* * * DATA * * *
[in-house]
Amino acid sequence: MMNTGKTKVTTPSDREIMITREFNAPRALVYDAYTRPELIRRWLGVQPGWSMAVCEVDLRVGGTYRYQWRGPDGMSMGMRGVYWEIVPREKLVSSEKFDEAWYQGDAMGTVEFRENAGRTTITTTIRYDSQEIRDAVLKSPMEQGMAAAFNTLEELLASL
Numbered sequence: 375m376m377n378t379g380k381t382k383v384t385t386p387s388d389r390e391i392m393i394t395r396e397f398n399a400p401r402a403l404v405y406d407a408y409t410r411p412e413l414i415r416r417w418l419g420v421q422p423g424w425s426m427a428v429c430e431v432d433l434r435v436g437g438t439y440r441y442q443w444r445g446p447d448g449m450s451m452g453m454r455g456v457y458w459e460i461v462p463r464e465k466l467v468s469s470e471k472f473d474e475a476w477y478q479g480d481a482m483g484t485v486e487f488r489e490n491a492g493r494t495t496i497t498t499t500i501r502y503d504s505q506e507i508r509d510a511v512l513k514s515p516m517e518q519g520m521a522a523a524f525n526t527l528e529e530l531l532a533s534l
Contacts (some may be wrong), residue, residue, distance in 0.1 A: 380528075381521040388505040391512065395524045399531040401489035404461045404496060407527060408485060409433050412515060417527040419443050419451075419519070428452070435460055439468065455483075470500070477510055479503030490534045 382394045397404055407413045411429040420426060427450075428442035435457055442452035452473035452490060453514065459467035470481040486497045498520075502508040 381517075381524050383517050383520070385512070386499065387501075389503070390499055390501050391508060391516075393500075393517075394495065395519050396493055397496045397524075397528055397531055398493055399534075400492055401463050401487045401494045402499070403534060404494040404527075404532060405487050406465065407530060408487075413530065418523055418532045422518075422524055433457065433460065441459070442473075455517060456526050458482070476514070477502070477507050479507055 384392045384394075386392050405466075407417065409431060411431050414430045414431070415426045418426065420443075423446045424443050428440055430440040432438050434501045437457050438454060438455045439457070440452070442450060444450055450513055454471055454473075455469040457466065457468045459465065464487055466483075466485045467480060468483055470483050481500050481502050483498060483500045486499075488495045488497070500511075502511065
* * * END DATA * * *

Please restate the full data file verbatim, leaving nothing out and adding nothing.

[in-house]
Amino acid sequence: MMNTGKTKVTTPSDREIMITREFNAPRALVYDAYTRPELIRRWLGVQPGWSMAVCEVDLRVGGTYRYQWRGPDGMSMGMRGVYWEIVPREKLVSSEKFDEAWYQGDAMGTVEFRENAGRTTITTTIRYDSQEIRDAVLKSPMEQGMAAAFNTLEELLASL
Numbered sequence: 375m376m377n378t379g380k381t382k383v384t385t386p387s388d389r390e391i392m393i394t395r396e397f398n399a400p401r402a403l404v405y406d407a408y409t410r411p412e413l414i415r416r417w418l419g420v421q422p423g424w425s426m427a428v429c430e431v432d433l434r435v436g437g438t439y440r441y442q443w444r445g446p447d448g449m450s451m452g453m454r455g456v457y458w459e460i461v462p463r464e465k466l467v468s469s470e471k472f473d474e475a476w477y478q479g480d481a482m483g484t485v486e487f488r489e490n491a492g493r494t495t496i497t498t499t500i501r502y503d504s505q506e507i508r509d510a511v512l513k514s515p516m517e518q519g520m521a522a523a524f525n526t527l528e529e530l531l532a533s534l
Contacts (some may be wrong), residue, residue, distance in 0.1 A: 380528075381521040388505040391512065395524045399531040401489035404461045404496060407527060408485060409433050412515060417527040419443050419451075419519070428452070435460055439468065455483075470500070477510055479503030490534045 382394045397404055407413045411429040420426060427450075428442035435457055442452035452473035452490060453514065459467035470481040486497045498520075502508040 381517075381524050383517050383520070385512070386499065387501075389503070390499055390501050391508060391516075393500075393517075394495065395519050396493055397496045397524075397528055397531055398493055399534075400492055401463050401487045401494045402499070403534060404494040404527075404532060405487050406465065407530060408487075413530065418523055418532045422518075422524055433457065433460065441459070442473075455517060456526050458482070476514070477502070477507050479507055 384392045384394075386392050405466075407417065409431060411431050414430045414431070415426045418426065420443075423446045424443050428440055430440040432438050434501045437457050438454060438455045439457070440452070442450060444450055450513055454471055454473075455469040457466065457468045459465065464487055466483075466485045467480060468483055470483050481500050481502050483498060483500045486499075488495045488497070500511075502511065